‘Don’t Call Them Robots’ – Lockheed Preps Autonomous Vehicles
By BRADLEY PENISTON – A robot, as Morri Leland sees it, is more or less a remote-controlled vehicle with some ability to, say, avoid obstacles or even follow waypoints. But Lockheed Martin’s unmanned Squad Mission Support System (SMSS) cargo vehicle is far smarter than that, says Leland, an international business development director for the company.’
“You can tell it to go back to base, pick up its load, and come back out here when you’re ready,” Leland said after a June 14 land vehicles briefing at Eurosatory.”You can tell it to follow a route, a man, or execute an entire mission autonomously.”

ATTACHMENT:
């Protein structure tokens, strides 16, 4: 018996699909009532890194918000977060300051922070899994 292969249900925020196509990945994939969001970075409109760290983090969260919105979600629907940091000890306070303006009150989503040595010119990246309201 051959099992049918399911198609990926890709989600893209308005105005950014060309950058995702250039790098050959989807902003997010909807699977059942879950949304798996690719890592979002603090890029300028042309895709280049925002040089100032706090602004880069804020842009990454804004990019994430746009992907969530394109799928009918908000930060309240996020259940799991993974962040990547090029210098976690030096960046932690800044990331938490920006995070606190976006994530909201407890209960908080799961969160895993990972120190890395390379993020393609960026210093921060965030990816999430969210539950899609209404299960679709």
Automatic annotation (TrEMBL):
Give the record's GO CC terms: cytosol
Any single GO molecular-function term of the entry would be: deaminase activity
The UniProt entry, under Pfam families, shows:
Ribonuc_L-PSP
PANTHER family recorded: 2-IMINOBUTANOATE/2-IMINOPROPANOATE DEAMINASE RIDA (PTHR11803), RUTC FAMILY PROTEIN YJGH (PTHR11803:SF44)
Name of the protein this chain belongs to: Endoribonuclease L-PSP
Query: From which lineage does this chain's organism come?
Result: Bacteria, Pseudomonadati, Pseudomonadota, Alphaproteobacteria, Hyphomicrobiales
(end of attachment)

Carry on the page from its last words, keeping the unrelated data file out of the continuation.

An SMSS ordered to”return to base” will use its GPS and sensors to try following waypoints and known routes, and if neither of those are working out, will navigate its own path home, he said.
The six-wheeled, roughly 2.5-ton vehicle is designed to carry 1,200 pounds farther than 200 miles, a Lockheed fact sheet said.
Lockheed has been showing prototypes of the SMSS since at least 2006, but it’s now apparently ready for prime time. Leland said the SMSS has been put through its paces for both the U.S. Army and Marine Corps at a Georgia testing facility, and has been certified to operate within 10 feet of troops.
There is no government contract yet — Lockheed developed the SMSS on its own dime — but Leland is expecting one soon enough to deploy four of the unmanned cargo carriers with U.S. troops this year. He declined to specify which of the U.S. services was expected to buy the vehicles.